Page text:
# Cofactor matrix and determinant question

• fluidistic
In summary, you need to sum up all the entries of A multipled with their correspondant in the cofactor matrix in order to get the determinant.
fluidistic
Gold Member

## Homework Statement

I have the matrix A as being (-2 3 2; 6 0 3; 4 1 -1) and I'd like to calculate its determinant via calculating its cofactor matrix, even if I know it's much more laborious than just calculating its determinant.
I've calculated its cofactor matrix as being (-3 18 6; 5 -6 14; 9 18 -18). I've checked up the arithmetic twice and even redone all the arithmetic but I always fall over this cofactor matrix so I'm almost sure I didn't make any error.
Now from my notes in order to get the determinant, I must sum up all the entries of A multipled with their correspondant in the cofactor matrix.
That is, the arithmetic should start like : $$(-2)\cdot (-3)+3\cdot 18 + 2\cdot 6$$...
I finally get a result of 216 which is $$3 \times 72$$. While calculating the determinant of A simply, I get 72. I'm sure I'm doing something wrong... and also I don't know if this factor 3 is a pure coincidence.
My question is : is it the right way to calculate the determinant of A, supposing that my cofactor matrix is right?

fluidistic said:
I must sum up all the entries of A multipled with their correspondant in the cofactor matrix.
What exactly do you mean by this?

EDIT: I understand what you did now, what you did was expand along all three rows and then added them up.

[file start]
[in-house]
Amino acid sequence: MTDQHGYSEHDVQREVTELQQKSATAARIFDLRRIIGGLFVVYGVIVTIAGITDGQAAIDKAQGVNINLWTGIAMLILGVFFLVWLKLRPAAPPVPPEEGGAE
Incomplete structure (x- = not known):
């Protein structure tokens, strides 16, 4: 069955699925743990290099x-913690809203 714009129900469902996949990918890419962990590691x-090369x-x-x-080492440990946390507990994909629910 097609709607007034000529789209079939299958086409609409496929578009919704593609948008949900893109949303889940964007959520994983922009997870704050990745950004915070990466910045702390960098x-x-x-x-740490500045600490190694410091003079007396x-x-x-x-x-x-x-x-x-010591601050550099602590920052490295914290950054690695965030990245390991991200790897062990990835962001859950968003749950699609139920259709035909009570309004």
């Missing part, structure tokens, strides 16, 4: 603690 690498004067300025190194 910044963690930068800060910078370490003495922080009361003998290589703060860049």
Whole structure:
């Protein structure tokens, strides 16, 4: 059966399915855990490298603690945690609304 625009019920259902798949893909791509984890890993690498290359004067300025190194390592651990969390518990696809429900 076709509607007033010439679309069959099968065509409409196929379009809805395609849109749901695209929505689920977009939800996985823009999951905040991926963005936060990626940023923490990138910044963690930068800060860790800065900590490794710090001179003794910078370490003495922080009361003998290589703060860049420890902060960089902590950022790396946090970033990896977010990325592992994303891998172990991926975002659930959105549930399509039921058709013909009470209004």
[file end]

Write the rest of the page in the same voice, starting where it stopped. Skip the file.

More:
You only need to expand along one row. (Doing this will give you 72)

Since you did it for all the rows and then added them up you essentially just added 72+72+72 to give 3x72. That's where the factor of three 3 came in.

fluidistic said:
That is, the arithmetic should start like : $$(-2)\cdot (-3)+3\cdot 18 + 2\cdot 6$$...

That is where the arithmatic should end, as that is 72.

Last edited:
rock.freak667 said:
What exactly do you mean by this?

EDIT: I understand what you did now, what you did was expand along all three rows and then added them up.
You only need to expand along one row. (Doing this will give you 72)

Since you did it for all the rows and then added them up you essentially just added 72+72+72 to give 3x72. That's where the factor of three 3 came in.

That is where the arithmatic should end, as that is 72.
Ah! Thank you so much! Now I understand better my notes, but it wasn't clear at all.

## 1. What is a cofactor matrix?

A cofactor matrix is a square matrix that is formed by finding the cofactors of each element in a given square matrix. The cofactor of an element is the determinant of the minor matrix formed by deleting the row and column containing that element.

## 2. How is a cofactor matrix used to find the determinant of a matrix?

A cofactor matrix is used in the cofactor expansion method to find the determinant of a matrix. The determinant is calculated by multiplying each element in a row or column of the original matrix by its corresponding cofactor in the cofactor matrix, and then adding or subtracting these products according to the pattern of the determinant formula.

## 3. Can a cofactor matrix be used to find the inverse of a matrix?

Yes, a cofactor matrix can be used to find the inverse of a matrix. The inverse of a matrix can be found by dividing the adjugate matrix (transpose of the cofactor matrix) by the determinant of the original matrix.

## 4. What is the relationship between the determinant and the cofactor matrix?

The determinant of a matrix is equal to the sum of the products of each element in a row or column of the matrix with its corresponding cofactor in the cofactor matrix. This relationship is known as the cofactor expansion method for finding determinants.

## 5. How do you calculate the cofactor of an element in a matrix?

The cofactor of an element in a matrix can be calculated by finding the determinant of the minor matrix formed by deleting the row and column containing that element. The sign of the cofactor is determined by the pattern of the determinant formula (alternating between positive and negative).

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